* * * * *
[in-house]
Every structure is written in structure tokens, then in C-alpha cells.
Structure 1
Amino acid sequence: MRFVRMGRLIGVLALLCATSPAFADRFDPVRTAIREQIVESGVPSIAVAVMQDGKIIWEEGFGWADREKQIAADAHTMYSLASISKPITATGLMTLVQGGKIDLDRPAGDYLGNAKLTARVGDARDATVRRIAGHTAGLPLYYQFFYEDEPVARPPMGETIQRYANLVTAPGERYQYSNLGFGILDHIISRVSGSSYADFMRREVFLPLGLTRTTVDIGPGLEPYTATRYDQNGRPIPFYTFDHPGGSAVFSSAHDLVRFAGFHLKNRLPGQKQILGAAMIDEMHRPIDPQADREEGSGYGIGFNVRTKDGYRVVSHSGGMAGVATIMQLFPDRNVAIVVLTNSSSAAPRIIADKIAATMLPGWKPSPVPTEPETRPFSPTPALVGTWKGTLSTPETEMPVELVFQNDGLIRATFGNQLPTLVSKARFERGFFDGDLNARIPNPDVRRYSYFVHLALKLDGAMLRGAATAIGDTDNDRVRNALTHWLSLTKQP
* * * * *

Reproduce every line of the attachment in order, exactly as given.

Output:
[in-house]
Every structure is written in structure tokens, then in C-alpha cells.
Structure 1
Amino acid sequence: MRFVRMGRLIGVLALLCATSPAFADRFDPVRTAIREQIVESGVPSIAVAVMQDGKIIWEEGFGWADREKQIAADAHTMYSLASISKPITATGLMTLVQGGKIDLDRPAGDYLGNAKLTARVGDARDATVRRIAGHTAGLPLYYQFFYEDEPVARPPMGETIQRYANLVTAPGERYQYSNLGFGILDHIISRVSGSSYADFMRREVFLPLGLTRTTVDIGPGLEPYTATRYDQNGRPIPFYTFDHPGGSAVFSSAHDLVRFAGFHLKNRLPGQKQILGAAMIDEMHRPIDPQADREEGSGYGIGFNVRTKDGYRVVSHSGGMAGVATIMQLFPDRNVAIVVLTNSSSAAPRIIADKIAATMLPGWKPSPVPTEPETRPFSPTPALVGTWKGTLSTPETEMPVELVFQNDGLIRATFGNQLPTLVSKARFERGFFDGDLNARIPNPDVRRYSYFVHLALKLDGAMLRGAATAIGDTDNDRVRNALTHWLSLTKQP